Sunday, June 17, 2018

Visiting Hawaii--Cactus Garden in Honolulu

Kapi'olani Community College cactus garden and the farmer's market

A farmer's market gathers each Saturday in Honolulu, just below Kapi'olani Community College. It was fun shopping there: macadamia nuts, kona coffee, guavas, pineapples and chocolates. But I was distracted and spent most of my time in the garden behind the farmer's market, Kapi'olani Community College's Cactus Garden.

Kapi'olani Community College cactus garden

Cacti on Oahu? And yet they were magnificent. Cacti are tropical and subtropical. This was a south-facing slope, getting strong sunlight all day and well drained. Nor is all of Hawaii wet. The area of Honolulu alongWaikiki Beach to Diamond Head gets under 20" of rain a year, less than half of New York's rainfall. Kapi'olani Community College is on the edge of that rainfall zone.

Growing there were ten-foot columnar cacti

Kapi'olani Community College cactus garden

Vast sprawling cacti, likely octopus cactus, Stenocereus alamosensis

Kapi'olani Community College cactus garden

And much more
The iconic Hawaiian plumeria, this one red-pink
plumeria, genus Plumeria
And dramatic tropical ornaments, such as the red-hot poker
red-hot poker, Kniphofia
red-hot poker, Kniphofia
When I was there, April 2018, they were in the middle of cleaning up. One side of the garden was knee deep in weedy grasses and vines. (Probably happens in a week in Hawaii.)

before weeding Kapi'olani Community College Cactus Garden

While other areas had been weeded and mulched

Kapi'olani Community College cactus garden, weeded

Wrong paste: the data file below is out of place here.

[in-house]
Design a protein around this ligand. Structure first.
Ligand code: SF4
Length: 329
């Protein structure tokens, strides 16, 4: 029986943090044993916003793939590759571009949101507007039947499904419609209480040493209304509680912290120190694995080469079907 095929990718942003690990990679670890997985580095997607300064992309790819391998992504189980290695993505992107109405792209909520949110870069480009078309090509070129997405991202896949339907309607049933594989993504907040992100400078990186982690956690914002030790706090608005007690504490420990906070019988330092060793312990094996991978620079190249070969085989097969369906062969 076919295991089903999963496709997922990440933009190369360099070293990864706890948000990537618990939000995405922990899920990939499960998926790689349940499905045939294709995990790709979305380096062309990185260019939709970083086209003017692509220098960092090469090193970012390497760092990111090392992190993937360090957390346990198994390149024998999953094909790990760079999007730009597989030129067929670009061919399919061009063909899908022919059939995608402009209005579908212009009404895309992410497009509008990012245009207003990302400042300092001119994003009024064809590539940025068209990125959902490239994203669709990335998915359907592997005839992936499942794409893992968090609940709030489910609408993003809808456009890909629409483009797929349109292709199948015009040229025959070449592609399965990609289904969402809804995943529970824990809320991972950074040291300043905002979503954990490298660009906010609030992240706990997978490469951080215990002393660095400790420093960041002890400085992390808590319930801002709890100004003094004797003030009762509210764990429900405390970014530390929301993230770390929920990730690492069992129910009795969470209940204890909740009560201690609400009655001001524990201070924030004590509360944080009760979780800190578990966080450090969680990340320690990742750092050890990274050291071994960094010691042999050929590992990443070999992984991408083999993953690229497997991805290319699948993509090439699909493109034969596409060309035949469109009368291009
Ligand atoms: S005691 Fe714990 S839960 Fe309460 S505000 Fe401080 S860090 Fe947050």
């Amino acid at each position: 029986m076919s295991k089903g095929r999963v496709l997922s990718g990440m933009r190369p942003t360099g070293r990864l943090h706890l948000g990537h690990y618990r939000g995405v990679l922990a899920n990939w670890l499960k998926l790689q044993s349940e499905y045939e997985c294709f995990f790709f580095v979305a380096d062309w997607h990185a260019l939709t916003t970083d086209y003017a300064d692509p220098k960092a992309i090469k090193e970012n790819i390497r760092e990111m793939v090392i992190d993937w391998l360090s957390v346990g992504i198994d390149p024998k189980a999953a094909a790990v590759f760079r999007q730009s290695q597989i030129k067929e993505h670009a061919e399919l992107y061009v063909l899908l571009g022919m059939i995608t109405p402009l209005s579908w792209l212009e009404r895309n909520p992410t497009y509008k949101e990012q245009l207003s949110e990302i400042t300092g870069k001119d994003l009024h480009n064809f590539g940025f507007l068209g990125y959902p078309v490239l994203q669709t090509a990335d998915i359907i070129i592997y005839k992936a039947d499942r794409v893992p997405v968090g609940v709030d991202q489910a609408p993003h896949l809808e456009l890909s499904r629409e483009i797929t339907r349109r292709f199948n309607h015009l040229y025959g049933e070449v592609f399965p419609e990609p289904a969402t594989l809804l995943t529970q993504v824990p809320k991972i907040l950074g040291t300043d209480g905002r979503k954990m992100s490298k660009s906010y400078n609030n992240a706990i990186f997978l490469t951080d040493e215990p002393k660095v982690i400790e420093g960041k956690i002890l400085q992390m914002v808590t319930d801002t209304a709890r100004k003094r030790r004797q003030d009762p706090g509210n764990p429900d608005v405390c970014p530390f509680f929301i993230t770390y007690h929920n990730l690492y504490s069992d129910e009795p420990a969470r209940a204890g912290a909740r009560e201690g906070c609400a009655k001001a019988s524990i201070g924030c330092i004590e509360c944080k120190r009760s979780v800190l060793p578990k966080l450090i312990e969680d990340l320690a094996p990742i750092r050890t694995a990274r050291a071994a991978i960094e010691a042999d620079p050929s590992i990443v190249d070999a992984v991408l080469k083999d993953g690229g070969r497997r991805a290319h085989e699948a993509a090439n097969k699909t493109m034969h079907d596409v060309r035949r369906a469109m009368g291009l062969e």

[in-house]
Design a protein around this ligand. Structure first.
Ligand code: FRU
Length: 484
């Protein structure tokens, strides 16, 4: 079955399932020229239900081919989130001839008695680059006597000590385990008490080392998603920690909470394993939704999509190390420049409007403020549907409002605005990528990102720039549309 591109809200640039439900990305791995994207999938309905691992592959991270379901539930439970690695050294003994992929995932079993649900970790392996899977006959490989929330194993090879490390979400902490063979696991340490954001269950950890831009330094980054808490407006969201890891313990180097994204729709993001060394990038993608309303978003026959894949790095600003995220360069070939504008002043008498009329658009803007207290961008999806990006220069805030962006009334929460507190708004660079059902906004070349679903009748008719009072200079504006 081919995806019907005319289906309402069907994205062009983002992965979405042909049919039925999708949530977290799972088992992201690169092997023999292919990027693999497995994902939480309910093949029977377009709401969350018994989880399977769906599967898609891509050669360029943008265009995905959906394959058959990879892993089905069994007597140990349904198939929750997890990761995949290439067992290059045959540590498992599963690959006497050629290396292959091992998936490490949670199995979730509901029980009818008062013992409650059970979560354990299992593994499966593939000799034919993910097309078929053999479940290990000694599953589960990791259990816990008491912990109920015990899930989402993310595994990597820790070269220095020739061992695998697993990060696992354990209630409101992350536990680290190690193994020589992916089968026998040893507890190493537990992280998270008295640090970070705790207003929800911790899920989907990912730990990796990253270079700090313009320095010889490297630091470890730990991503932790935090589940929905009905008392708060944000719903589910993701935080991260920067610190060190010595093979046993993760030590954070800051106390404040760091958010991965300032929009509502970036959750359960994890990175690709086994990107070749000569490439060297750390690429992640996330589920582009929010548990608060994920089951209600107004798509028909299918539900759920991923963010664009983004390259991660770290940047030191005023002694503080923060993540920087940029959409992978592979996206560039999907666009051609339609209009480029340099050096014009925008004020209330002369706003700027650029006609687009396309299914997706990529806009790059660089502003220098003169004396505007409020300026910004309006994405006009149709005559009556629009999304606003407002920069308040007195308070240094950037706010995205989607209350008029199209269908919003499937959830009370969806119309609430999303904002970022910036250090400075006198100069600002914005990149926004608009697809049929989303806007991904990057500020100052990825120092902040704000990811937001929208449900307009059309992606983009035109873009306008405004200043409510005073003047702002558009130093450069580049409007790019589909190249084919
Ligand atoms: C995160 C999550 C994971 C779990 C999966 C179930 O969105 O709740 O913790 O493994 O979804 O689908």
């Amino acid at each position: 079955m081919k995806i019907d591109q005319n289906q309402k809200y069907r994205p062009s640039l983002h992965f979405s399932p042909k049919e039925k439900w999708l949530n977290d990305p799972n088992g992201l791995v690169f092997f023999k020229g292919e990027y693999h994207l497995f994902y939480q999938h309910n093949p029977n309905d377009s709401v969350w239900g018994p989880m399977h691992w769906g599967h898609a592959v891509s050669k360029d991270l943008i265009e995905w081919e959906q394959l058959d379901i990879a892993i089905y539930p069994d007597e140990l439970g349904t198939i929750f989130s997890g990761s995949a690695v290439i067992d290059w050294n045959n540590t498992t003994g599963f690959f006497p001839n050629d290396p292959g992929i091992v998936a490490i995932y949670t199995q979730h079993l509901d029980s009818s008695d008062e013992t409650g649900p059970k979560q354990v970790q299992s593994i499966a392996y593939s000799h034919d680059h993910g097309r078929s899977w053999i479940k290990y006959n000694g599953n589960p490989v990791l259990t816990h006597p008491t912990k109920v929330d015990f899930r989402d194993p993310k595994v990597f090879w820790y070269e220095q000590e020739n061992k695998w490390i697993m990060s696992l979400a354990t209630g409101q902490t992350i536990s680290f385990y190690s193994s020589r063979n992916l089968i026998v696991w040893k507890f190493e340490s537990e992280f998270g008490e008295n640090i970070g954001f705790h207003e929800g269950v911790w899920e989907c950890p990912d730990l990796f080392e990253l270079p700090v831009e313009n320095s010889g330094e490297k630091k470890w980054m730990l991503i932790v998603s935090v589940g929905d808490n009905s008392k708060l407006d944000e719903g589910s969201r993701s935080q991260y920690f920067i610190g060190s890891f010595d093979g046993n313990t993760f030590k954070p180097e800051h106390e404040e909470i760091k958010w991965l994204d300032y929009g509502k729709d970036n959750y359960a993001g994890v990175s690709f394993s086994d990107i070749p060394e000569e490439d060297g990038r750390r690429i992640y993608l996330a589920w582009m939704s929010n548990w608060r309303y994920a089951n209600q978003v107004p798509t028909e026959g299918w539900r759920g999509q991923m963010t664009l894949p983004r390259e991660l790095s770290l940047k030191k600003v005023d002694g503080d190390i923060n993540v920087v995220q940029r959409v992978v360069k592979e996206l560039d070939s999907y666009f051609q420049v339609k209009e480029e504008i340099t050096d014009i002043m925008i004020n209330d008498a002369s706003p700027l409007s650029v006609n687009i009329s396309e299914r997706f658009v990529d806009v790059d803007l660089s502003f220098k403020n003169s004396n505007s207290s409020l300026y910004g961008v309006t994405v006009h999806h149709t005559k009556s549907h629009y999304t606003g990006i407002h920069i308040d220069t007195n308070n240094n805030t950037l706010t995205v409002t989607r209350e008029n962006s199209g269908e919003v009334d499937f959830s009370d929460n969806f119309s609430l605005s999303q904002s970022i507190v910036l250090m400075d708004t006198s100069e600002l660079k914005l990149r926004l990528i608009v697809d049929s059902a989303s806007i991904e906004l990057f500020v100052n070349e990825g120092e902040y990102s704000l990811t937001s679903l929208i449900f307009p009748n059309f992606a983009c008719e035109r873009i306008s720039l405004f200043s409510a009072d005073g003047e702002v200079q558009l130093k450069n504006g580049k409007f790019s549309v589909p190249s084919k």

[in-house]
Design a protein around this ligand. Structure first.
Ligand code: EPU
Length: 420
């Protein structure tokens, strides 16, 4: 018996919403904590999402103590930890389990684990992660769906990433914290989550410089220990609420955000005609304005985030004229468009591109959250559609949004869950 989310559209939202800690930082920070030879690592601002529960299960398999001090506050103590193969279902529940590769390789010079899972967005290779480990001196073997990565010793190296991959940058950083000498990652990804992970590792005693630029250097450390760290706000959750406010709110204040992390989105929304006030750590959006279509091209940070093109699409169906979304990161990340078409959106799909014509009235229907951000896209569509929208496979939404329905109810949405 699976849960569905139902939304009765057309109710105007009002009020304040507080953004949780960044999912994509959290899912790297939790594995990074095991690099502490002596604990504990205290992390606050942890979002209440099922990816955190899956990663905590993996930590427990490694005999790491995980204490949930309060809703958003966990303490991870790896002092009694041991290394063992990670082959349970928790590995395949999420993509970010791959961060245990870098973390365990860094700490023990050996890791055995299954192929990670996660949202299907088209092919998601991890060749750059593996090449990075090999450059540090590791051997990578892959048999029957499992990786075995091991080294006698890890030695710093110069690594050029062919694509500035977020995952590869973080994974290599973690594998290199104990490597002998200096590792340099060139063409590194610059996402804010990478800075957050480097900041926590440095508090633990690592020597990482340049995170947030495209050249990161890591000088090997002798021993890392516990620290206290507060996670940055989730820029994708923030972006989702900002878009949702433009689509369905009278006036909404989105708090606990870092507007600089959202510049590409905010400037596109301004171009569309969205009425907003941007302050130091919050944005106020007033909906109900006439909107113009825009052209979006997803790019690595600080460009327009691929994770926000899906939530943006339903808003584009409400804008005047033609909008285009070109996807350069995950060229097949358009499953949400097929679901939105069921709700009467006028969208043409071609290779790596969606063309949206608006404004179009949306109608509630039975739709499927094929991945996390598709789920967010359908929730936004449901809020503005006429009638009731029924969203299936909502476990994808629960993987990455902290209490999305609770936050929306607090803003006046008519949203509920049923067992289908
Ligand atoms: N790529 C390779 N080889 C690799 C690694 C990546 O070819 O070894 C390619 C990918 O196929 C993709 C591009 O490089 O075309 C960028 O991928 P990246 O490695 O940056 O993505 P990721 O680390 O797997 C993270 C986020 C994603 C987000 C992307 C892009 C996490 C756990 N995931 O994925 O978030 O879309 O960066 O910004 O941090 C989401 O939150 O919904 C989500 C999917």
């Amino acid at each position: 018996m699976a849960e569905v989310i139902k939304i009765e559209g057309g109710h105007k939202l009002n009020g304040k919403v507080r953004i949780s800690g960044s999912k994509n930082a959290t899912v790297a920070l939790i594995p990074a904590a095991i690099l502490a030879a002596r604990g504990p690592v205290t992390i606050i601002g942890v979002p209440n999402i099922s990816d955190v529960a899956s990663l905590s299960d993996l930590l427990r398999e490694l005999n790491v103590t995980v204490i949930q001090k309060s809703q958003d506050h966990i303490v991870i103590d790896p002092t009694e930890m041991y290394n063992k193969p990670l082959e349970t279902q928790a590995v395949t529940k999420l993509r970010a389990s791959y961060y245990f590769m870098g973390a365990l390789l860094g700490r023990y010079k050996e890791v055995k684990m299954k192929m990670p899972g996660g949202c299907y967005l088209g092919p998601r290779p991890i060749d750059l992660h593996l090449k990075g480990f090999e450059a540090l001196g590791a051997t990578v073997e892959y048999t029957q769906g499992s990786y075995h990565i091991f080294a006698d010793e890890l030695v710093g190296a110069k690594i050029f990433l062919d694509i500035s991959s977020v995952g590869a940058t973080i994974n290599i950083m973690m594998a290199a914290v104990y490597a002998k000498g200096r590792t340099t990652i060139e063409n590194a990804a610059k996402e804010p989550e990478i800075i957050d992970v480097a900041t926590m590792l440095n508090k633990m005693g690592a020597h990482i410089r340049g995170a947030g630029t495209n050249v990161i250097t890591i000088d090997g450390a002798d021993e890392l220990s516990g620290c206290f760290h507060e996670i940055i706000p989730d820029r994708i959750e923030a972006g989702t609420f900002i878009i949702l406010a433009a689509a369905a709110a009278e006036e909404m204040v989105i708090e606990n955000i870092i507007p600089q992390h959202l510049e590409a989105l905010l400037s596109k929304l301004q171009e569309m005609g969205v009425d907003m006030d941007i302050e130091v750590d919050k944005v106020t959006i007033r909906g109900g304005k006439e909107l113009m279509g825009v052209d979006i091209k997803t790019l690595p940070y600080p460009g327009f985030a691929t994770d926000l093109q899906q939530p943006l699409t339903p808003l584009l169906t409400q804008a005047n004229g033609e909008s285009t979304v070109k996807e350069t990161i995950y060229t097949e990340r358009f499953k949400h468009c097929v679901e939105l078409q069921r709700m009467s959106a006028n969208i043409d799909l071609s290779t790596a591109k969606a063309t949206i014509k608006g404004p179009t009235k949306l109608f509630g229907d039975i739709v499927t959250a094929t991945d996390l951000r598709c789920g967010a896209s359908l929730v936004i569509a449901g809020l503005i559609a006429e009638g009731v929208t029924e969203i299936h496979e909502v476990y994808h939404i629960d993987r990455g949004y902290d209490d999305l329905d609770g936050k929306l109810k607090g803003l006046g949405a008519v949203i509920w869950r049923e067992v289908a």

I garden. I looked at that transformation and thought, wouldn't it be fun to volunteer here, helping weed so the beautiful big plants are set off like the jewels they are?

barrel cacti, Kapi'olani Community College cactus garden
barrel cacti
Before I got too far into my fantasy, though, I thought a bit about the plants being weeded around--cacti. Oh-oh, spiny! often with perfectly awful tiny hairs (glochids) that stick into your skin. And many of the others, such as agaves and crown-of-thorns, are well-protected with spines or had irritating hairs or poisonous sap. Plants from the dry tropics grow slowly and are well defended against being eaten by animals. So perhaps making this garden shine is for the tough. My rather tame Colorado garden has just one prickly pear cactus that stabs me when I weed around it and roses that grab my sleeves when I walk by, nothing like Kapi'olani's Cactus Garden. I take my hat off to the people who were weeding around the spiny, thorny, toxic plants.
An attractive agave. Note the "teeth" on the leaves.

A Euphorbia, like crown-of-thorns
but crown-of-thorns, Euphorbia millii, has salmon-colored flowers.
Note the spines and don't get the sap on your skin.

the results of weeding, Kapi'olani Community College, Oahu
Just part of the plant material they had recently removed!

A gorgeous place to stroll
Kapi'olani Community College cactus garden
Kapiolani Community College Cactus Garden path
Kapi'olani Community College cactus garden

Comments and corrections welcome.

Kathy Keeler, A Wandering Botanist
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This is the third of three posts about beautiful places to see plants on the Hawaiian island Oahu
The other two are
Foster Botanical Garden link
Foster Botanical Garden, Honolulu
Wahiawa in the middle of the island link
Wahi'awa Botanical Garden, Oahu, Hawaii

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